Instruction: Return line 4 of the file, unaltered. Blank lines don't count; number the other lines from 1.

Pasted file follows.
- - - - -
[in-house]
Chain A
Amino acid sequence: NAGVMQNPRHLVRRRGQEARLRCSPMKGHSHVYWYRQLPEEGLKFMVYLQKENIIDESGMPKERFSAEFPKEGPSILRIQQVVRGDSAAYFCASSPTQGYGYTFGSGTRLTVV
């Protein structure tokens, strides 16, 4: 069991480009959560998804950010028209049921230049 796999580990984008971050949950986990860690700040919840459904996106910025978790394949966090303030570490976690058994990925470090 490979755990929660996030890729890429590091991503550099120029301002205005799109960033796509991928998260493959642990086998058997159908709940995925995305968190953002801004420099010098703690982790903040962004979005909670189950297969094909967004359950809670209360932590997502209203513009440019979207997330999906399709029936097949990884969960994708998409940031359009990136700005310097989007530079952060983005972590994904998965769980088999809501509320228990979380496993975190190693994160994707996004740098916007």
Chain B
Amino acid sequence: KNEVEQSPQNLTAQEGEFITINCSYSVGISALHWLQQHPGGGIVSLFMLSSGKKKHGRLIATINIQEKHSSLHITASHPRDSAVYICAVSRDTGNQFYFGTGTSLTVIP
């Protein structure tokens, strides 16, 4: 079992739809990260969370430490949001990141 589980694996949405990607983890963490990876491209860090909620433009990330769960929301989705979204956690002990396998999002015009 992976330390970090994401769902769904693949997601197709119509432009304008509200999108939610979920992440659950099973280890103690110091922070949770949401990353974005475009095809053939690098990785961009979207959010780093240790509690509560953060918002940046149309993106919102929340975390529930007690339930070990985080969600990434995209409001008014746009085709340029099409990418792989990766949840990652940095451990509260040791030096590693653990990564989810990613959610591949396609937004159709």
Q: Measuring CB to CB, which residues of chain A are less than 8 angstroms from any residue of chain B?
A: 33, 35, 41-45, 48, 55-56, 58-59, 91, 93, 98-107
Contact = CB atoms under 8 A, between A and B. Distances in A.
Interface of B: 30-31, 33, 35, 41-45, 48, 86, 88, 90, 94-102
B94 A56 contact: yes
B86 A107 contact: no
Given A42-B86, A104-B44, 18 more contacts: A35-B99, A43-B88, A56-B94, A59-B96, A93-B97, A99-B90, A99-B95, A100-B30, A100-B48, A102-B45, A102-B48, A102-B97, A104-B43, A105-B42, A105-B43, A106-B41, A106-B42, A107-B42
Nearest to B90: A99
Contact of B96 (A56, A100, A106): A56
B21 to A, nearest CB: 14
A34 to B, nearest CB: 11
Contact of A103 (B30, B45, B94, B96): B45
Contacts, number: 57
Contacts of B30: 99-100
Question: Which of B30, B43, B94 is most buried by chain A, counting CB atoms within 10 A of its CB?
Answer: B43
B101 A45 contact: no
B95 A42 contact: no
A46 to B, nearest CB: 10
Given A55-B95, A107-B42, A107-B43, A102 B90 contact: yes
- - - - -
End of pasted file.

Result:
């Protein structure tokens, strides 16, 4: 069991480009959560998804950010028209049921230049 796999580990984008971050949950986990860690700040919840459904996106910025978790394949966090303030570490976690058994990925470090 490979755990929660996030890729890429590091991503550099120029301002205005799109960033796509991928998260493959642990086998058997159908709940995925995305968190953002801004420099010098703690982790903040962004979005909670189950297969094909967004359950809670209360932590997502209203513009440019979207997330999906399709029936097949990884969960994708998409940031359009990136700005310097989007530079952060983005972590994904998965769980088999809501509320228990979380496993975190190693994160994707996004740098916007």